New Historian

Conflict and Collaboration – the History of England and Scotland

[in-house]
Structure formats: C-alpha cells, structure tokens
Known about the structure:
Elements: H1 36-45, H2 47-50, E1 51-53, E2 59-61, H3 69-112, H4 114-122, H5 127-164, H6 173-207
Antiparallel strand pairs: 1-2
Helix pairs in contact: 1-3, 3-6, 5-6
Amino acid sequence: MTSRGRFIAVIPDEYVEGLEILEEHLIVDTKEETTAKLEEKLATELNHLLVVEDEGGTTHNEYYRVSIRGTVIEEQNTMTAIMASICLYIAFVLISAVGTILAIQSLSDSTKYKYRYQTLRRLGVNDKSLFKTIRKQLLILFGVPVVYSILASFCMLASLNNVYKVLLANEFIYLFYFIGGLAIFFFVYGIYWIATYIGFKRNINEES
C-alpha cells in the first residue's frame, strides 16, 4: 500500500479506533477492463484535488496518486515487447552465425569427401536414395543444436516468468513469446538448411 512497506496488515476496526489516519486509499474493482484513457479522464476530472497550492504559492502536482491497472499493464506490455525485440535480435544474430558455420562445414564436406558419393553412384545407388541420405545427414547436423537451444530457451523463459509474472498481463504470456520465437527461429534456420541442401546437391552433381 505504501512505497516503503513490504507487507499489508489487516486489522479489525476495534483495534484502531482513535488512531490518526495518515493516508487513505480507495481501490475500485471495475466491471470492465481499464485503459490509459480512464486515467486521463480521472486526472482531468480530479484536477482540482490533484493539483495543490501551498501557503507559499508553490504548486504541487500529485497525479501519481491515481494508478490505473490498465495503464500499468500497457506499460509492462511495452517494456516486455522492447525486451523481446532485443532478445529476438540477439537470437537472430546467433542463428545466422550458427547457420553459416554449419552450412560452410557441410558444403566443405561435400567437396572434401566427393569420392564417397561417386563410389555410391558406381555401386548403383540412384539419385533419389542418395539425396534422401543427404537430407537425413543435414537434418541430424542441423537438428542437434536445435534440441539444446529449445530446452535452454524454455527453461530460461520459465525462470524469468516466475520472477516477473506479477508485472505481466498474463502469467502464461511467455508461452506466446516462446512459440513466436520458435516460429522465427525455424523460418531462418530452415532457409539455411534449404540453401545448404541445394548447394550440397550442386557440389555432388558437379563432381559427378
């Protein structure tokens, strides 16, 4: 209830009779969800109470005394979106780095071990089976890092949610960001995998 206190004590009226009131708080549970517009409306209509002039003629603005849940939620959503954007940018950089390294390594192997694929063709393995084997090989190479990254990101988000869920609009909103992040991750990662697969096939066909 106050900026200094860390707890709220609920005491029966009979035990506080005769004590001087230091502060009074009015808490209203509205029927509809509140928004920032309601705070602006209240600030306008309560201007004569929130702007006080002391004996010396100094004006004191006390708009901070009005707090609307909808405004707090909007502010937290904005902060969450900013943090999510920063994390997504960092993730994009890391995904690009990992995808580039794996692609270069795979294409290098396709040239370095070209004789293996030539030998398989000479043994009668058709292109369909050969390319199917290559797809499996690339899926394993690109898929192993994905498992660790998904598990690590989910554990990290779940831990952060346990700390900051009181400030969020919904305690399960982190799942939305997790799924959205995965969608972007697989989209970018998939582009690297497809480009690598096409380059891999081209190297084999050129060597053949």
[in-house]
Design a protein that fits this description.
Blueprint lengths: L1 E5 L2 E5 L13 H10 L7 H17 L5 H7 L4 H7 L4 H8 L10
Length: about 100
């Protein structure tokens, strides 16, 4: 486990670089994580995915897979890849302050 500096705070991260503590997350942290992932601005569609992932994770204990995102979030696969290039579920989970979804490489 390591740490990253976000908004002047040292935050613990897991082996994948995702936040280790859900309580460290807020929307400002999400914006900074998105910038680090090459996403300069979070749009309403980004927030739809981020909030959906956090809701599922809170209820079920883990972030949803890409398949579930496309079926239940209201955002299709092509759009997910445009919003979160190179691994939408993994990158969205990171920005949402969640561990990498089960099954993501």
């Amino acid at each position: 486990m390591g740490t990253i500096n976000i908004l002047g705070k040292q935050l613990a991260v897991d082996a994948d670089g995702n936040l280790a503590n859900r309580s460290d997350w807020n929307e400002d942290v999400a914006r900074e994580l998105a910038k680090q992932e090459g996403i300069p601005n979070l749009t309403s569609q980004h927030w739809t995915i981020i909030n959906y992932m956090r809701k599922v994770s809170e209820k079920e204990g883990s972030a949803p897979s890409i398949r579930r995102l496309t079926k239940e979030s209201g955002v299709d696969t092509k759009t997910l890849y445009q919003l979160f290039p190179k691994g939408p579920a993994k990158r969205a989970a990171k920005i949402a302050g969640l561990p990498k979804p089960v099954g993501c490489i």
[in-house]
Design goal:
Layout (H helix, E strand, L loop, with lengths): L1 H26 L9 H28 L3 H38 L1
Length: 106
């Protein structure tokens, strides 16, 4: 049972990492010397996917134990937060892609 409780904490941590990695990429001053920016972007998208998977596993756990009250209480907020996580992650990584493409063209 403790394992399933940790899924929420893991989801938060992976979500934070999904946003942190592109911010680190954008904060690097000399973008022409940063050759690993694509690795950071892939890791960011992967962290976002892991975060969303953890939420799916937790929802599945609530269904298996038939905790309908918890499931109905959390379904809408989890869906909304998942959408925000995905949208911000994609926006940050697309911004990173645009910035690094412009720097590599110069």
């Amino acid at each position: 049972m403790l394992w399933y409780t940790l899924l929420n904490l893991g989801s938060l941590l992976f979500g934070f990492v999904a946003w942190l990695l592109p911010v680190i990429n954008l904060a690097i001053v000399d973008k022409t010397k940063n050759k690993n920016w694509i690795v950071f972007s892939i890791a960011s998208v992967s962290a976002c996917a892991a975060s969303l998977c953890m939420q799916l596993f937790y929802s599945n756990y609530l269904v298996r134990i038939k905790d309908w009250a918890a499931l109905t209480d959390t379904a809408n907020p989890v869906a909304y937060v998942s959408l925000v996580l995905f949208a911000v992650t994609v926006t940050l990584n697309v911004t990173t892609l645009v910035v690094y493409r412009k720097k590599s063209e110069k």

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<![CDATA[On Thursday 18th September the people of Scotland vote in a referendum that will decide the future of the United Kingdom. The Scottish Independence Referendum ballot paper will ask a simple yes or no question; "Should Scotland be an independent country?" The importance of this question can not be overstated. It is a once in a life time opportunity for the people of Scotland to fundamentally change the identity of their country. If the majority vote 'Yes', the 18th September will surely become a landmark in history. It would have a massive effect on the whole of Great Britain. Scotland would become a totally independent country for the first time in over three hundred years. It would present a host of new challenges. Although a multitude of academics have spoken and written about the potential consequences of Scottish independence, it would undoubtedly be a step into the unknown. On the other side, English people would have a land border with a foreign country for the first time in living memory. The United Kingdom would lose one of its key components, and a key part of its identity. It is no exaggeration to say that Scottish independence would herald the end of an era. The most intriguing thing about this referendum is that as the campaigning and debates start to wind up, polls are still unable to give any indication as to which way the vote will swing - neither side has taken a clear lead. The history of the relationship between England and Scotland is a volatile one. Hadrian's Wall was built in 122 AD, and became one of the earliest symbols of division between the two nations. Although the exact reasons for its construction are still debated, it seems it was intended to deter 'barbarians' from attacking and raiding lands in the Roman south. Later, some of Scotland's most well known historical figures made their name through fighting the English. This was never truer than during the reign of the English King Edward I in the thirteenth and fourteenth centuries. The 'Hammer of the Scots', as he came to be known, came to power during a period of relatively peaceful relations between England and Scotland. Nevertheless, by 1295, through a mixture of political manoeuvring and sheer military might he conquered Scotland and declared himself king. During this period, both William Wallace and Robert the Bruce became heroes for their fights against Edward. In 1314 Bruce scored a pivotal victory against Edward's son at Bannockburn, leading to recognition of Scottish sovereignty fourteen years later. The modern union between England and Scotland started in 1603 with the death of Queen Elizabeth. Elizabeth died without having left a direct heir, leading to a succession crisis. In the end, James IV, King of Scotland and son of Mary Queen of Scots, was announced King of England. England and Scotland now shared a king, who ruled both countries from London. In 1707 this connection was cemented, the Scottish government had gone bankrupt, leading to a union with the English Parliament. The governing of both countries now took place in Westminster. Three centuries of conflict and collaboration followed between England and Scotland in the United Kingdom. The Jacobin Rebellion in 1745 showed that popular support for British rule in Scotland was still a long way away. The rebellion succeeded in briefly taking control of Scotland, but quickly overstretched itself by trying to advance its influence south into England. A catastrophic defeat in the Battle of Culloden effectively ended the rebellion, and led to the brutal suppression of the Highland Clans that had supported it. The Jacobin rebellion was the last armed conflict between England and Scotland, but political and social disputes continued, such as a series of radical uprisings in Glasgow and Falkirk in the 1820's. Despite this, Scots came to play a vital role in the history and culture of the United Kingdom. Political theorists such as Adam Smith and David Hume wrote vital works on economics and politics that would be influential throughout Great Britain, and internationally. More recently, British Prime Ministers Gordon Brown and Tony Blair were both born in Scotland, and members of the royal family have been educated at Scottish Universities. In 1997, Tony Blair's Labour government was elected with the promise of a referendum on devolving elements of the British government's control over Scotland. Voters voted for the devolution, and by 1998 a Scottish Parliament had been established with control over certain areas of policy. This proved to be the first step in what would lead to the call for this year's independence referendum. History suggests that however troubled the relationship between the countries of the United Kingdom is, their paths inevitably remain joined. The imminent referendum promises to be another key moment in the history of England and Scotland, two neighbours with a troubled past, and a potentially complicated future.]]>

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